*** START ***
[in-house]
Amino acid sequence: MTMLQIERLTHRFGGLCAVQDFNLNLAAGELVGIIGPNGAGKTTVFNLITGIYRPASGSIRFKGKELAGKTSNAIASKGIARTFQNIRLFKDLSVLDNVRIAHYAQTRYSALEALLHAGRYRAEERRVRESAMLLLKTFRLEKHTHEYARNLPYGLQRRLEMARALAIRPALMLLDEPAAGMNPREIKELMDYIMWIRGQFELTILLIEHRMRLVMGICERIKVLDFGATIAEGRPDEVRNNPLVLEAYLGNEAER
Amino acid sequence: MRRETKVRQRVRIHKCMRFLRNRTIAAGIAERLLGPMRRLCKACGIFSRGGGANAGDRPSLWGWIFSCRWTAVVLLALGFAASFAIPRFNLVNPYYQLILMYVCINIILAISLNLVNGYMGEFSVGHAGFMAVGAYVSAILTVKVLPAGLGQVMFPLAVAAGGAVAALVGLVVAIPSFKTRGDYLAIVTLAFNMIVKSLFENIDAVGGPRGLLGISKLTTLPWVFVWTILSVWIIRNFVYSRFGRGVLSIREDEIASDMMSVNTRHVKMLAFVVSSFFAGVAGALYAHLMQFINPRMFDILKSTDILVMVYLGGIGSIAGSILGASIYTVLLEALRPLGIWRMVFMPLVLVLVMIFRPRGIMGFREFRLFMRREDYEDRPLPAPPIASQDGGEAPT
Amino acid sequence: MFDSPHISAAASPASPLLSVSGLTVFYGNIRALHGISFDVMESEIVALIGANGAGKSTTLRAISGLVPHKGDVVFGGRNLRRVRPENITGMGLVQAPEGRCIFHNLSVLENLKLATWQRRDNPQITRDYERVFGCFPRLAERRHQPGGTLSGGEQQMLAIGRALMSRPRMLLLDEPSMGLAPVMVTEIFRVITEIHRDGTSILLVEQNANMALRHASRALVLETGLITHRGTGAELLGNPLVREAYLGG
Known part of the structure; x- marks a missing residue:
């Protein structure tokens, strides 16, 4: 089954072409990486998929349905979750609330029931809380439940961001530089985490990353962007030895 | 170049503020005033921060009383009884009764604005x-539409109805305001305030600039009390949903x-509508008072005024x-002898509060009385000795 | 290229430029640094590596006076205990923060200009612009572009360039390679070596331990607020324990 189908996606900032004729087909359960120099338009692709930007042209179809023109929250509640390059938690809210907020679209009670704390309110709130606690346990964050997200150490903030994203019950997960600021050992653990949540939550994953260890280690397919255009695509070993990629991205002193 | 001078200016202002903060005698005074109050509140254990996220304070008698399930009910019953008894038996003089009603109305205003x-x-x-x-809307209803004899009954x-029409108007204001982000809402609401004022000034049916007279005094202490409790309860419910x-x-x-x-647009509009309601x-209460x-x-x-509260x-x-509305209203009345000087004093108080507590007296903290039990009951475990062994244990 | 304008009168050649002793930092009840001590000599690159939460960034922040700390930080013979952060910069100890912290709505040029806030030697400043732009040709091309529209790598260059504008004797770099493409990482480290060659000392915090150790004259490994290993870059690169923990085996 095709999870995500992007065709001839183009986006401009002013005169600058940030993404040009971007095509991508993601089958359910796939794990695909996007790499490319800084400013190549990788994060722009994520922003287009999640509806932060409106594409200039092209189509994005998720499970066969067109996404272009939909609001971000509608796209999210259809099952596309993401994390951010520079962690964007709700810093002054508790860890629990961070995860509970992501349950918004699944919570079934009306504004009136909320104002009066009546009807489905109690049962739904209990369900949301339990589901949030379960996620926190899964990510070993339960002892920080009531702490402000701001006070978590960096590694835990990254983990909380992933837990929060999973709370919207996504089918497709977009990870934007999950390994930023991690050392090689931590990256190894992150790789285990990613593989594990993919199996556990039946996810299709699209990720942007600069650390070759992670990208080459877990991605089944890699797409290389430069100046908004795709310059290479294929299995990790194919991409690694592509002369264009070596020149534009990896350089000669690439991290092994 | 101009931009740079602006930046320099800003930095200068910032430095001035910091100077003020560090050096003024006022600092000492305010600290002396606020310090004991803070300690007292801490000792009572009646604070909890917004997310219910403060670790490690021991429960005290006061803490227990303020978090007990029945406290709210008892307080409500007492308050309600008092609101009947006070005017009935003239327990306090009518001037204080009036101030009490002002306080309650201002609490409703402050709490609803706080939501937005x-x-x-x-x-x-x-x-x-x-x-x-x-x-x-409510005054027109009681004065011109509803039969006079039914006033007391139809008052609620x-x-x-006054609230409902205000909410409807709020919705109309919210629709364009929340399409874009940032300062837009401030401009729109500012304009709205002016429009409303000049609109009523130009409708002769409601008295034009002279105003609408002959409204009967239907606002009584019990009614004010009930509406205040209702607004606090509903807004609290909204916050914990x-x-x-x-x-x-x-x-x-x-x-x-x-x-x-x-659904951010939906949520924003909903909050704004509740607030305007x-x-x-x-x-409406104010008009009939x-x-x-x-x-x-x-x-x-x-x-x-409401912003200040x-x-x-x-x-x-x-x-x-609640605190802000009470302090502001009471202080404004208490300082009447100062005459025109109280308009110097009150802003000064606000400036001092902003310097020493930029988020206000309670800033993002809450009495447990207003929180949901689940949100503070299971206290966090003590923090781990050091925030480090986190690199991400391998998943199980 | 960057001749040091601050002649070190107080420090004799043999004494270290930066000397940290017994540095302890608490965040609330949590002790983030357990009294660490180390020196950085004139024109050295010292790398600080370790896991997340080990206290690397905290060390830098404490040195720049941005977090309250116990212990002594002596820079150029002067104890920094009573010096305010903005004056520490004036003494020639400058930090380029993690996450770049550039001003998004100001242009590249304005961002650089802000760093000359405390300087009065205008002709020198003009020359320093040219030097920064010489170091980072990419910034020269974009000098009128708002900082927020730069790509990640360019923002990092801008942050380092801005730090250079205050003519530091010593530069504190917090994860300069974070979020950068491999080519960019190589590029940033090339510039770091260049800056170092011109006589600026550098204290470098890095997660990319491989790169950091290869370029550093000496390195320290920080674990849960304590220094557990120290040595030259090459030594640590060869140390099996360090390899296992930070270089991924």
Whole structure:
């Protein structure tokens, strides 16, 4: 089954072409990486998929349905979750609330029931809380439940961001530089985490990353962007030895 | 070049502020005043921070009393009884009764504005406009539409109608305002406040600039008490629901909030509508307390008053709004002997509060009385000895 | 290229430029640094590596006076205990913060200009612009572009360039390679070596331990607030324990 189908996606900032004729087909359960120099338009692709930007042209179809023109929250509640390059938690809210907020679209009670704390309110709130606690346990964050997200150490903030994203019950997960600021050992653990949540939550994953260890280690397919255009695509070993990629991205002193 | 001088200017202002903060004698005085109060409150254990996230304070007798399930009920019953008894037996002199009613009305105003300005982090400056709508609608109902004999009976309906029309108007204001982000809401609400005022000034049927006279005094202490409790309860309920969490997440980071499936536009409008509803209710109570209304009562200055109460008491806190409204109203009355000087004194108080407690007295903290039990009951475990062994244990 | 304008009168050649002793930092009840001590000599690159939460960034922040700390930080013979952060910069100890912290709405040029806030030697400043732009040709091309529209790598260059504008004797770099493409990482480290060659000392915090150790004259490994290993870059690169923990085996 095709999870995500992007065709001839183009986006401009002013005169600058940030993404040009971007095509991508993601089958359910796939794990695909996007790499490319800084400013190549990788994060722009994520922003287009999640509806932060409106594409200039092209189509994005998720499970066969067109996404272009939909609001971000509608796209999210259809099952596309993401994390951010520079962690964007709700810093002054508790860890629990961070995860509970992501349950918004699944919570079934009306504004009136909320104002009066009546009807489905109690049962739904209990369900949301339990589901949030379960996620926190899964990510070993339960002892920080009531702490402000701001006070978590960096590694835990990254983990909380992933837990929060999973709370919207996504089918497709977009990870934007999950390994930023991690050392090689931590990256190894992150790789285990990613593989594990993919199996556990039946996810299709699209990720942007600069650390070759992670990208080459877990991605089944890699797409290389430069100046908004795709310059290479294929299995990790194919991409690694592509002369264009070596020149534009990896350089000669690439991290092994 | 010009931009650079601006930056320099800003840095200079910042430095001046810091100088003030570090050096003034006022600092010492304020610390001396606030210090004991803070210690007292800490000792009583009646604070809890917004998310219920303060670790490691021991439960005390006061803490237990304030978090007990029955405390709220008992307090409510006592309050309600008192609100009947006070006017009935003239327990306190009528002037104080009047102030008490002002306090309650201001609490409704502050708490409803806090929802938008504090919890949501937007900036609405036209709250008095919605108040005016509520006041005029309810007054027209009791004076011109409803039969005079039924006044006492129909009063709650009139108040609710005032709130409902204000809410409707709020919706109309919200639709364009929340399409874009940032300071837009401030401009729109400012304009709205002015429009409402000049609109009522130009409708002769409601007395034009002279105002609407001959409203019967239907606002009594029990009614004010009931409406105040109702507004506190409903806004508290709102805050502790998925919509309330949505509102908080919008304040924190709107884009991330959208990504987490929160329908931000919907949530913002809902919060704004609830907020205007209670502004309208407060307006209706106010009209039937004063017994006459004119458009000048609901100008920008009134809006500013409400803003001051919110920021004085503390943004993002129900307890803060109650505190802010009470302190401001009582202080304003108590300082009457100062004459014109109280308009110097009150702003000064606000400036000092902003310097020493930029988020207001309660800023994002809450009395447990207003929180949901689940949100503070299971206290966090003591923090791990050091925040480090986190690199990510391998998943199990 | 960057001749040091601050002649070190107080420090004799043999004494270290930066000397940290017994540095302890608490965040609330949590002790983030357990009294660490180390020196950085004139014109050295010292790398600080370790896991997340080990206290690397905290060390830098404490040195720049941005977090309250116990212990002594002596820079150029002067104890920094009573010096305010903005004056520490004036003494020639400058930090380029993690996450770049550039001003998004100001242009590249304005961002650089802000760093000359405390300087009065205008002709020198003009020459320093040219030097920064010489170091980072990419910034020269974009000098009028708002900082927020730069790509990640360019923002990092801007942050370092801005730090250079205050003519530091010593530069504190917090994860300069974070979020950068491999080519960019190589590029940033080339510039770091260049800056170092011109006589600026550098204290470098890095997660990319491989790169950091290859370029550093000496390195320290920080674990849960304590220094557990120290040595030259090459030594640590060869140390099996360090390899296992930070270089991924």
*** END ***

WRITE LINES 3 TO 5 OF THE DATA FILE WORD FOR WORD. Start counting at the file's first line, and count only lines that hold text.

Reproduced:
Amino acid sequence: MRRETKVRQRVRIHKCMRFLRNRTIAAGIAERLLGPMRRLCKACGIFSRGGGANAGDRPSLWGWIFSCRWTAVVLLALGFAASFAIPRFNLVNPYYQLILMYVCINIILAISLNLVNGYMGEFSVGHAGFMAVGAYVSAILTVKVLPAGLGQVMFPLAVAAGGAVAALVGLVVAIPSFKTRGDYLAIVTLAFNMIVKSLFENIDAVGGPRGLLGISKLTTLPWVFVWTILSVWIIRNFVYSRFGRGVLSIREDEIASDMMSVNTRHVKMLAFVVSSFFAGVAGALYAHLMQFINPRMFDILKSTDILVMVYLGGIGSIAGSILGASIYTVLLEALRPLGIWRMVFMPLVLVLVMIFRPRGIMGFREFRLFMRREDYEDRPLPAPPIASQDGGEAPT
Amino acid sequence: MFDSPHISAAASPASPLLSVSGLTVFYGNIRALHGISFDVMESEIVALIGANGAGKSTTLRAISGLVPHKGDVVFGGRNLRRVRPENITGMGLVQAPEGRCIFHNLSVLENLKLATWQRRDNPQITRDYERVFGCFPRLAERRHQPGGTLSGGEQQMLAIGRALMSRPRMLLLDEPSMGLAPVMVTEIFRVITEIHRDGTSILLVEQNANMALRHASRALVLETGLITHRGTGAELLGNPLVREAYLGG
Known part of the structure; x- marks a missing residue: